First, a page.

Book launch sees lively debate on Pakistan’s culture
Dr Asif Farrukhi, who was surprised to know that he was one of the two keynote speakers at the launch, first talked about the title page of the book in which Uxi Mufti is seen looking at his father, the eminent writer, Mumtaz Mufti. He said Mumtaz Mufti was a distinguished person who suffered a great deal after writing the novel Alipur Ka Aili, because he was a forthright man who always spoke the truth.
Dr Farrukhi said there was a time when culture was discussed in the country. Then it so happened that policies on culture were imposed from Islamabad. And these days not even policies were forthcoming, rather there were policies relating to the media, as to what could be shown and could not be shown by the media, he said.
He argued that in the past only forms of art such as dance was deemed part of culture; but then the culture of food streets took over everything else. He said that some people also tried to make us behave like Arabs but failed. The same happened with attempts at emulating the Americans, he said. In the end he gave a reference to Mario Vergas Llosa’s book Notes on the death of culture in which the writer had suggested that advancement of technology and a global economic scenario had rendered the debate on culture redundant.
Artist Talat Husain, who was the second keynote speaker of the evening, talked about media and traditional culture. He said the media only showed whatever was happening in society. Yes, at times it tended to exaggerate things to get better ratings, he said. He commented that the media was not influencing culture, but it was a lack of culture that was adversely affecting the media.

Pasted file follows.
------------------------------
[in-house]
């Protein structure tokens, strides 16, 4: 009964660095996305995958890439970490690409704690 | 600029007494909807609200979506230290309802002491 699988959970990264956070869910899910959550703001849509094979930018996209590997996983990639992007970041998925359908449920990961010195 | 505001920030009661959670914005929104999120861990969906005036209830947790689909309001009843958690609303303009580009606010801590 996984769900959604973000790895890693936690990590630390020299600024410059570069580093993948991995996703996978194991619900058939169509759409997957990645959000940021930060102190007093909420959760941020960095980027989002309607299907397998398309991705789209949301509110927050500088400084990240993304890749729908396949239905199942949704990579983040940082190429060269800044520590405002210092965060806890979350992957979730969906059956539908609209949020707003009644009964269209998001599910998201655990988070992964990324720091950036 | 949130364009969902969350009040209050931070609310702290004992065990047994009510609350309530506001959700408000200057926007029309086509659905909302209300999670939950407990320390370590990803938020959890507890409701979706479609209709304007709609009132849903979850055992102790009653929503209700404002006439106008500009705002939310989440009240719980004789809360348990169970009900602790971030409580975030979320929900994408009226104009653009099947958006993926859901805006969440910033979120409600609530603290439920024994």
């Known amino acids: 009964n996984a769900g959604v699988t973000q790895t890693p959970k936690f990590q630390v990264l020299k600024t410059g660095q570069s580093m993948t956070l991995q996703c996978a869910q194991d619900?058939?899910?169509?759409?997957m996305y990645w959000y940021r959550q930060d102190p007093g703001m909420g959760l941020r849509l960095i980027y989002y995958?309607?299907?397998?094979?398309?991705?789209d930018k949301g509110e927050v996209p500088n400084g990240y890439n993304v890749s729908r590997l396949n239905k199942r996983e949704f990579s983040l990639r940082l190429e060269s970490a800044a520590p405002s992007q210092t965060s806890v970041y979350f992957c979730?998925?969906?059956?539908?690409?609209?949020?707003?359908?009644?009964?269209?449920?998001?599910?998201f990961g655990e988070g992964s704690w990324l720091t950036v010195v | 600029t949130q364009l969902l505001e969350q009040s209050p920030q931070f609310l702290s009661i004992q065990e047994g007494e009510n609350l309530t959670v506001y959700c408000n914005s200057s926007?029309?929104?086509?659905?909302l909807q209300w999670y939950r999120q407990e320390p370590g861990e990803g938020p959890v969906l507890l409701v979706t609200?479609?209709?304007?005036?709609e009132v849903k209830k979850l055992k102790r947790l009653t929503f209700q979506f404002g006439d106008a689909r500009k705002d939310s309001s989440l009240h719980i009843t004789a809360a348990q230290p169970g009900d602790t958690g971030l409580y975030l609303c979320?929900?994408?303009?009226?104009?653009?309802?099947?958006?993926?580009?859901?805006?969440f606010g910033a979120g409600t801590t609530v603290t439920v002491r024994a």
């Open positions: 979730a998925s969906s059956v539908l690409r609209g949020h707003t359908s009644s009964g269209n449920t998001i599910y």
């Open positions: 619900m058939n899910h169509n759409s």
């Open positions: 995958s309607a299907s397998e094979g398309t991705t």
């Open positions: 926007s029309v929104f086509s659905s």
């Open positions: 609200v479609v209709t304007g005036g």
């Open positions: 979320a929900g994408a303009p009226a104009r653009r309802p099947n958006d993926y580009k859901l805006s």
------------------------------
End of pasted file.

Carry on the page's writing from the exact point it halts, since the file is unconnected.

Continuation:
Mr Husain walked down memory lane when he was a young boy working at Radio Pakistan and told the audience, which hadn’t turned up in a big number, that in those days his seniors found it important to educate their juniors, because they were connected with their culture. That was not the case any more, he lamented.
He said that before discussing the subject of culture, one should ask oneself whether we were one nation. He said religion was closely linked to culture because it ingrained moral values in us.
Mehtab Akbar Rashdi praised the contents of the book. Describing culture, she said it was like an iceberg, 90 per cent of which existed under water, but we tended to identify culture with the 10 per cent that we saw above the water by creating (wrong) perceptions about each other. This led her to say that the culture of Sindh hadn’t been understood. “It is a deep culture, you have to explore it,” she remarked. Expanding on the topic’s finer points, she said while the Sindhis learned to speak Urdu, the Urdu-speaking community did not try and learn the Sindhi language.
Artist Mehr Afroz termed the publishing of the book timely. She claimed it had answers to every question about culture. In trying to spot where the problems lay, she was of the view that followers had become leaders in every sphere of life, including religion.
Ahmed Shah exclaimed that diversity was beauty of any culture.
Writer Hasina Moin said culture was like a kaleidoscope.
Sharif Awan, whose Tehzeeb Foundation was one of the organisers of the launch, read out a letter written by Faiz Ahmed Faiz to his wife in 1952. The letter touched upon the issue of culture, which Mr Awan said was relevant to date. He also mentioned the fact that everywhere in the world people were trying to look for their roots; therefore we should also revisit and reclaim our culture, he said.
Addressing the audience at the end of a panel discussion, Mr Mufti said he had raised a few questions on culture in his book and tried to come up with their answers. He said the reason that the entire event was organised was to begin a dialogue on culture so that the country’s reigns could be taken away from politicians and given to those who knew matters pertaining to culture.
Salma Baig hosted the event. After the panel discussion, the floor was opened for a question and answer session.
Published in Dawn, August 23rd, 2015